Auto workers reject UAW at Tennessee VW plant

In a devastating defeat for the United Auto Workers union, workers at Volkswagen’s Chattanooga, Tennessee plant voted against the UAW last week. With nearly 90 percent of the workers casting ballots, the UAW lost the certification vote by 712 to 626.

The debacle left UAW President Bob King and other union officials stunned. UAW executives had spent millions of dollars on the campaign and were counting on the backing of VW management, which agreed to work with the UAW to set up a German-style “works council” at the plant.

Predictably, UAW officials blamed the defeat on right-wing Republican politicians and the supposedly “antiunion” sentiment of workers themselves. In fact, Chattanooga workers voted “no” because they correctly saw that the UAW would function as nothing more than a company union. UAW leaders like President Bob King and Region 8 Director Gary Casteel made it clear that the UAW would do nothing to address workers’ grievances over low pay, the increased use of casual labor and poor working conditions. On the contrary, UAW officials made it clear that they would keep wages low and productivity up—and subtract union dues from workers’ paychecks to boot.

Before the vote, workers became aware of a clause in the Volkswagen-UAW “neutrality agreement” promising the automaker the union would engage in “maintaining and where possible enhancing the cost advantages and other competitive advantages that [Volkswagen] enjoys relative to its competitors in the United States and North America.”

In other words, the UAW told Volkswagen it would keep wages “competitive” with the Detroit-based automakers. The Chattanooga workers could only take this as a threat; full-time workers hired at the Volkswagen plant in 2011 earn about $5 more per hour than their counterparts at General Motors, Ford and Chrysler who were hired over the last six years.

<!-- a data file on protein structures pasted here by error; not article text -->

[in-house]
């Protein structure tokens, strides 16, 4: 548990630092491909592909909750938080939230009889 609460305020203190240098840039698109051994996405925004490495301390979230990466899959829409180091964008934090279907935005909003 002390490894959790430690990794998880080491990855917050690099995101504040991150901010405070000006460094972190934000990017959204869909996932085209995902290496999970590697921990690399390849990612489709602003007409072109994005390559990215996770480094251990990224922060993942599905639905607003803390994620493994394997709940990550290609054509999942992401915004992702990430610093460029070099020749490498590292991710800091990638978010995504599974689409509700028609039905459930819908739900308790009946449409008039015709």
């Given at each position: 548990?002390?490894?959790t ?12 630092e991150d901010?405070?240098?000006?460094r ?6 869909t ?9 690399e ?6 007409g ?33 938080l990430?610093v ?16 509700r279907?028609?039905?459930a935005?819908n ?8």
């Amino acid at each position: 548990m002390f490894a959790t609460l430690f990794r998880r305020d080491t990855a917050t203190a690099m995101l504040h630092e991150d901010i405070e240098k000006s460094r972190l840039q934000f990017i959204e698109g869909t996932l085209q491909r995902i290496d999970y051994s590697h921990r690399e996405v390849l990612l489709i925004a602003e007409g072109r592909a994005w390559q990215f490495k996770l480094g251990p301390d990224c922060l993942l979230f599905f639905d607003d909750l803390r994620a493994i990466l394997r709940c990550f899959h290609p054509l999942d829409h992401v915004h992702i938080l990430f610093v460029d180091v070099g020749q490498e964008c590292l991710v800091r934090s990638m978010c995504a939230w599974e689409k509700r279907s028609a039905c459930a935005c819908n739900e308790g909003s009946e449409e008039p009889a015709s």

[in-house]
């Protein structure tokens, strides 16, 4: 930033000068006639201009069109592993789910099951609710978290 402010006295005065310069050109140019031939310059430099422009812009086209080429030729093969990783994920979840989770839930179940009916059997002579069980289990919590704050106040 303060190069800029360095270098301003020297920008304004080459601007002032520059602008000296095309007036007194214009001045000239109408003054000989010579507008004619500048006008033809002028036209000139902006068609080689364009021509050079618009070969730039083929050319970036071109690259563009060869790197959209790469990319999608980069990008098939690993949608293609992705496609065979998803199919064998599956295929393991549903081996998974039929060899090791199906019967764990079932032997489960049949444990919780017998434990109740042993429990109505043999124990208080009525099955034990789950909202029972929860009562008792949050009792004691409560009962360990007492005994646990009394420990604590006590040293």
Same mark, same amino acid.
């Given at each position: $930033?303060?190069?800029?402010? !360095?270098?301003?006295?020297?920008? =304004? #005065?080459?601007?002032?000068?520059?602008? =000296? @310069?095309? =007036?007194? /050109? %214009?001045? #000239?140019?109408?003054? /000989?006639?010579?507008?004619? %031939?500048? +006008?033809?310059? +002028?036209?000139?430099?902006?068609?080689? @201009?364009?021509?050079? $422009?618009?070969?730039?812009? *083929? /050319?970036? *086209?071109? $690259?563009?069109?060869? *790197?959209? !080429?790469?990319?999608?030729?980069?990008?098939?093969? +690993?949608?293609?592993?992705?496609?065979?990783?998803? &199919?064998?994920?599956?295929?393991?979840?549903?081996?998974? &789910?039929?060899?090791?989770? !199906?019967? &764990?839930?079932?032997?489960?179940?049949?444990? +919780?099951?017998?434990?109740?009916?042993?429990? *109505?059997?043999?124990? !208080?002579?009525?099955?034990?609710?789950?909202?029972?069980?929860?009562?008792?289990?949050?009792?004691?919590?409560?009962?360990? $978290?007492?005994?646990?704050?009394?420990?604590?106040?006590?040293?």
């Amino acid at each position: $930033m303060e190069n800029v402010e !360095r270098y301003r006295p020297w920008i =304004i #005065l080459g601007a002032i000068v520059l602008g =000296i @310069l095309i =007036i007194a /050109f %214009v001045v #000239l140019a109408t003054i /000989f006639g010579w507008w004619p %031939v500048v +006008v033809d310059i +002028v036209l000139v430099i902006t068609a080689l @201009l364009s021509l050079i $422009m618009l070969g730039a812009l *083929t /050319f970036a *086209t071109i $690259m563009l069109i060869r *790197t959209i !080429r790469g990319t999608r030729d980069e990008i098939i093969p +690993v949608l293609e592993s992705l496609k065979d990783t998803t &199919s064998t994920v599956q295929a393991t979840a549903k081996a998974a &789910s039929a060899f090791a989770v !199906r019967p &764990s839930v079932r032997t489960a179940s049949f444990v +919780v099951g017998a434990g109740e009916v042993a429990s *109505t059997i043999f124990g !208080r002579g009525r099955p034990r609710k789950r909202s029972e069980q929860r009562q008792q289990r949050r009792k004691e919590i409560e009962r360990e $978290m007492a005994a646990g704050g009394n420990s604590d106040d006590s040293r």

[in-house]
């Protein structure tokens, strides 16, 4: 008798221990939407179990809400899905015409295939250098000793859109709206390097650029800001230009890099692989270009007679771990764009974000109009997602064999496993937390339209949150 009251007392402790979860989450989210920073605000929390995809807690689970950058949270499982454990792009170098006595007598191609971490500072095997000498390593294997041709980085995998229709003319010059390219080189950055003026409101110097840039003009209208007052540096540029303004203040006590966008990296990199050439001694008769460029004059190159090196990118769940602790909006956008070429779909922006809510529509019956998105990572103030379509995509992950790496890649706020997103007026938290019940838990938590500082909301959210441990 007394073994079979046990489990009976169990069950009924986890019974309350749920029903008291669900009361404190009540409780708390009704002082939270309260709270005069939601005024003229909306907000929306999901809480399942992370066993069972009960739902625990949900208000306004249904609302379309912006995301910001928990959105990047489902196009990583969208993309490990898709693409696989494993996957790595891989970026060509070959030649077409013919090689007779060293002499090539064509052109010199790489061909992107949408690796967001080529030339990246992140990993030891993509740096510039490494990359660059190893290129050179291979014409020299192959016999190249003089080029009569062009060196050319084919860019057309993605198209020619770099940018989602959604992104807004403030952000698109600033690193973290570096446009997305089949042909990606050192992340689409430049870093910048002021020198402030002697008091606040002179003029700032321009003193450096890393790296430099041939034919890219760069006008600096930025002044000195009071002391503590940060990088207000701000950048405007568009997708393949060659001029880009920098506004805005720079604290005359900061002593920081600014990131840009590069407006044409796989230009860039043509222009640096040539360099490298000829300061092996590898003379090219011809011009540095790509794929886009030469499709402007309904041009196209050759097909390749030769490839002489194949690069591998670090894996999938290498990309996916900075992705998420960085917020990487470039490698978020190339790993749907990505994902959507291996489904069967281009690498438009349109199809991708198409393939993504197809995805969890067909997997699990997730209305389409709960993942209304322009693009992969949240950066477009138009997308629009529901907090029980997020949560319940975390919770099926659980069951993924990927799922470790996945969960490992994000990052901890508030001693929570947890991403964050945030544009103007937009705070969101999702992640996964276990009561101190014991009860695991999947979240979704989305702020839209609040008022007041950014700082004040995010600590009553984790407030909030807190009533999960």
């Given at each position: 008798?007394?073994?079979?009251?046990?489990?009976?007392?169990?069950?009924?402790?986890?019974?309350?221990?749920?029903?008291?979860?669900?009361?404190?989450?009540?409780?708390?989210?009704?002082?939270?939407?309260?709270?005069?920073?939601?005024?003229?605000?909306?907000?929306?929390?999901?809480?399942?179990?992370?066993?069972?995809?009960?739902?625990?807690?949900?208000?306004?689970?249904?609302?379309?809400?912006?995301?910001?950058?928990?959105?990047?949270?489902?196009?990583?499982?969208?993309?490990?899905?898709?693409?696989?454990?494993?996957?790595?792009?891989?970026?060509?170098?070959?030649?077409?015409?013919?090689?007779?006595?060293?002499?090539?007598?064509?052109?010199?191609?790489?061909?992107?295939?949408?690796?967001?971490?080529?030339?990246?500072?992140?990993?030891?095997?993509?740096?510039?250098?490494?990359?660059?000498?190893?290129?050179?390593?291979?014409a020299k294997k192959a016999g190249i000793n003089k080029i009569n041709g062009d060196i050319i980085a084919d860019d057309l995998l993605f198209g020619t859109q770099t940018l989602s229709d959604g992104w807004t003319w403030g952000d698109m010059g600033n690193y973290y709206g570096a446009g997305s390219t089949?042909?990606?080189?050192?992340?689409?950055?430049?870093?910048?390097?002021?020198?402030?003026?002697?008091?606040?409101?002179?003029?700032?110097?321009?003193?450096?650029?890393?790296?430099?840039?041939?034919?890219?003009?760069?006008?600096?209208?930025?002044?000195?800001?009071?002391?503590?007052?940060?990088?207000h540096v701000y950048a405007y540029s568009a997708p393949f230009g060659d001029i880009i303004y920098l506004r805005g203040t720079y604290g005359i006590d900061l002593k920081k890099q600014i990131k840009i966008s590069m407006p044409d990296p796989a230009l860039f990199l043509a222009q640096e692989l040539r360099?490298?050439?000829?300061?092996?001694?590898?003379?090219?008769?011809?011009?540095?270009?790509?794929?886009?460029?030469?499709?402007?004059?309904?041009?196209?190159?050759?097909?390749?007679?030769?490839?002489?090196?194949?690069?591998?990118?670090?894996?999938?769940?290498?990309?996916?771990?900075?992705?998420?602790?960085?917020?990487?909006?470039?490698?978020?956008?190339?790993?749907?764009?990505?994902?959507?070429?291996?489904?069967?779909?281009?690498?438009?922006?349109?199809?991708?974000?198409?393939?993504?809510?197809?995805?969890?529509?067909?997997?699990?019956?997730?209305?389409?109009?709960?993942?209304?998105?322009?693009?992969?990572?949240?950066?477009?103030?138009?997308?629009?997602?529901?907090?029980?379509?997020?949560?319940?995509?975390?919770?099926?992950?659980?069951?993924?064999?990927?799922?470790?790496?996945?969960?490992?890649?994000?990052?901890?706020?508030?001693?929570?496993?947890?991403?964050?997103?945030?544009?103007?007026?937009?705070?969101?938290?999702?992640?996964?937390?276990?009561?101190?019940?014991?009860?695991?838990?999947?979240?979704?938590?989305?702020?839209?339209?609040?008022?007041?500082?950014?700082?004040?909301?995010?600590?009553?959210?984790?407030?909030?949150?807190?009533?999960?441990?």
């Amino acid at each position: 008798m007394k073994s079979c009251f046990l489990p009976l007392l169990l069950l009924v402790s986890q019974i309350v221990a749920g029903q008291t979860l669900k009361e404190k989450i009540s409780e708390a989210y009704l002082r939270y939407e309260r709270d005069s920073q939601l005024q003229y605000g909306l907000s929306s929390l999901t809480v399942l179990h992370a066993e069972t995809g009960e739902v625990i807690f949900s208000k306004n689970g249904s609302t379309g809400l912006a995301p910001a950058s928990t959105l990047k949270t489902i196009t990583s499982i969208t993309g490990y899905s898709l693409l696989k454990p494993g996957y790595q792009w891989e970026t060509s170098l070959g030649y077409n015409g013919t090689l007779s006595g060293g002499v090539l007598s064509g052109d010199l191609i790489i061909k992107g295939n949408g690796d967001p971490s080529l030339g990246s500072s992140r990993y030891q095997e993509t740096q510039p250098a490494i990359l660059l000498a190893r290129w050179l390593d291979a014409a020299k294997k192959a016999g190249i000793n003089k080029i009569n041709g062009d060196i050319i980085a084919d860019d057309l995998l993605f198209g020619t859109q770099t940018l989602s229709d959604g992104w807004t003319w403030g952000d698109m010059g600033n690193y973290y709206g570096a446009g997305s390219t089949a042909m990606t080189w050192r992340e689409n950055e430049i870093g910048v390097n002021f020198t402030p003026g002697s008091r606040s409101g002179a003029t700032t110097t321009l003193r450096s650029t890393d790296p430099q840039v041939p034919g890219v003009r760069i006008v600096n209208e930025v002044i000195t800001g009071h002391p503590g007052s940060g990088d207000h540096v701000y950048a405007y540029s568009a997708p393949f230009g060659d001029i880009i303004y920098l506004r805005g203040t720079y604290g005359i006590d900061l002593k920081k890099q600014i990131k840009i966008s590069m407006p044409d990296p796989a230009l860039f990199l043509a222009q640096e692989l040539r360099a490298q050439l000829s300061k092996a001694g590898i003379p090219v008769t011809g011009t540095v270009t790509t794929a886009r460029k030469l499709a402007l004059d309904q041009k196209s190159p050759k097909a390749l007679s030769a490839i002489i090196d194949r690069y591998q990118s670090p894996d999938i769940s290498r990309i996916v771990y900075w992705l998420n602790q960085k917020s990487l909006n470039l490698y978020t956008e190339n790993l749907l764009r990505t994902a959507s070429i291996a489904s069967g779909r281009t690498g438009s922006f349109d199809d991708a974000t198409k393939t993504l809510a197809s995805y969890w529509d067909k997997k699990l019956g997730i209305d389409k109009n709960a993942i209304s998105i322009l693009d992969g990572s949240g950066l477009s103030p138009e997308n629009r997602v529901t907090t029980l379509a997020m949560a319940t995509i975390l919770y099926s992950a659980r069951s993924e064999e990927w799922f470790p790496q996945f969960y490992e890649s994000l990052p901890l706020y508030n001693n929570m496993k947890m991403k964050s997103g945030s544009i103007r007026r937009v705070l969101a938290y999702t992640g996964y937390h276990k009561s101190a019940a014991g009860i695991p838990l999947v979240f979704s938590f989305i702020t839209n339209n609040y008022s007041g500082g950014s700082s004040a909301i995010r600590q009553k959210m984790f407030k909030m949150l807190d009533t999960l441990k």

Workers at the Tennessee factory—many of whom worked in northern plants before—know full well that the UAW has overseen the destruction of hundreds of thousands of jobs, the closing of hundreds of factories and the abandonment of virtually every gain won by auto workers.

Under the 2009 deal worked out between the UAW, the automakers and the Obama administration to restructure the US auto industry, the eight-hour day has been abolished, and workers regularly labor 10-12 hours with no overtime pay. After agreeing to a 50 percent cut in wages for new hires, thousands of young workers now make the equivalent, in real terms, of what auto workers earned one hundred years ago.

The UAW used labor costs at the nonunion “transplants” in the South as the benchmark for reducing the wages and benefits of workers at the Detroit’s Big Three automakers, which have reduced labor costs by nearly 30 percent over the last six years. This has allowed the UAW to pitch itself as a cost-cutter to the European and Asian-owned automakers.

According to one media account, Frank Fischer, CEO of Volkswagen Chattanooga, “seemed saddened by the outcome,” which was announced at a joint VW-UAW press conference last Friday night. Basing itself on its successful collusion with the IG Metall in Germany, VW sees setting up a works council in Tennessee as an essential device for suppressing opposition and imposing its dictates behind the façade of “co-determination.”

In order to do this, however, VW needs the UAW because a workers council—which is committed solely to the interests of the company—would be illegal under US labor law, unless workers at the factory were represented by an ostensibly “independent union.”